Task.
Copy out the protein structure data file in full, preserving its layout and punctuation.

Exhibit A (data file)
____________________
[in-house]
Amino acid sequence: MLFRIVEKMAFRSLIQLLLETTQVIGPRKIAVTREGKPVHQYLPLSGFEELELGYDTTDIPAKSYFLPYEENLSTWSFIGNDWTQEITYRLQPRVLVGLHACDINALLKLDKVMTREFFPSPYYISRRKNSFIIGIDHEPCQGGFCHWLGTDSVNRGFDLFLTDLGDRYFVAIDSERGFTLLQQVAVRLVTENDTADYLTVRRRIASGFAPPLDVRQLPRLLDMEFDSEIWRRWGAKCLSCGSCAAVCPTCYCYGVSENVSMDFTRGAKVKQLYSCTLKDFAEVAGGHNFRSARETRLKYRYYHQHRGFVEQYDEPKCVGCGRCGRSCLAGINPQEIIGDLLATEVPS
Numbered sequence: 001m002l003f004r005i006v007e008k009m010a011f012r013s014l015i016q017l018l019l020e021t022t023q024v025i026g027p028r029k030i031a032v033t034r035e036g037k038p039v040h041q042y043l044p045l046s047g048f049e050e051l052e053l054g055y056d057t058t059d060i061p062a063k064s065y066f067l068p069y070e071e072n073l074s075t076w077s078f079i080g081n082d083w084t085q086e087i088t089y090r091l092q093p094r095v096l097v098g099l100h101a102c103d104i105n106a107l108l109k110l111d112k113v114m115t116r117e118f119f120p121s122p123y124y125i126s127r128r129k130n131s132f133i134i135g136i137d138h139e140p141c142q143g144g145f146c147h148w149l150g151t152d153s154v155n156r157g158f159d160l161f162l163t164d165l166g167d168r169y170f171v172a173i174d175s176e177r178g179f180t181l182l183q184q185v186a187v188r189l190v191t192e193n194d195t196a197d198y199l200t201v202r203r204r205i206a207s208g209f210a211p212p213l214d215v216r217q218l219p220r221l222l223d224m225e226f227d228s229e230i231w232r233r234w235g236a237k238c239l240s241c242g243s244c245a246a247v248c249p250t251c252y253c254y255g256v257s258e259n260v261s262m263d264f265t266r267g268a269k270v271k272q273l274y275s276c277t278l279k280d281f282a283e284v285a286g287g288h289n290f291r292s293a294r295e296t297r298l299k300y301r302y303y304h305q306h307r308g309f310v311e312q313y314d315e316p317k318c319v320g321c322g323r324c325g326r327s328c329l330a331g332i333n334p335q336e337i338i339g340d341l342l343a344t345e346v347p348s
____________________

[in-house]
Amino acid sequence: MLFRIVEKMAFRSLIQLLLETTQVIGPRKIAVTREGKPVHQYLPLSGFEELELGYDTTDIPAKSYFLPYEENLSTWSFIGNDWTQEITYRLQPRVLVGLHACDINALLKLDKVMTREFFPSPYYISRRKNSFIIGIDHEPCQGGFCHWLGTDSVNRGFDLFLTDLGDRYFVAIDSERGFTLLQQVAVRLVTENDTADYLTVRRRIASGFAPPLDVRQLPRLLDMEFDSEIWRRWGAKCLSCGSCAAVCPTCYCYGVSENVSMDFTRGAKVKQLYSCTLKDFAEVAGGHNFRSARETRLKYRYYHQHRGFVEQYDEPKCVGCGRCGRSCLAGINPQEIIGDLLATEVPS
Numbered sequence: 001m002l003f004r005i006v007e008k009m010a011f012r013s014l015i016q017l018l019l020e021t022t023q024v025i026g027p028r029k030i031a032v033t034r035e036g037k038p039v040h041q042y043l044p045l046s047g048f049e050e051l052e053l054g055y056d057t058t059d060i061p062a063k064s065y066f067l068p069y070e071e072n073l074s075t076w077s078f079i080g081n082d083w084t085q086e087i088t089y090r091l092q093p094r095v096l097v098g099l100h101a102c103d104i105n106a107l108l109k110l111d112k113v114m115t116r117e118f119f120p121s122p123y124y125i126s127r128r129k130n131s132f133i134i135g136i137d138h139e140p141c142q143g144g145f146c147h148w149l150g151t152d153s154v155n156r157g158f159d160l161f162l163t164d165l166g167d168r169y170f171v172a173i174d175s176e177r178g179f180t181l182l183q184q185v186a187v188r189l190v191t192e193n194d195t196a197d198y199l200t201v202r203r204r205i206a207s208g209f210a211p212p213l214d215v216r217q218l219p220r221l222l223d224m225e226f227d228s229e230i231w232r233r234w235g236a237k238c239l240s241c242g243s244c245a246a247v248c249p250t251c252y253c254y255g256v257s258e259n260v261s262m263d264f265t266r267g268a269k270v271k272q273l274y275s276c277t278l279k280d281f282a283e284v285a286g287g288h289n290f291r292s293a294r295e296t297r298l299k300y301r302y303y304h305q306h307r308g309f310v311e312q313y314d315e316p317k318c319v320g321c322g323r324c325g326r327s328c329l330a331g332i333n334p335q336e337i338i339g340d341l342l343a344t345e346v347p348s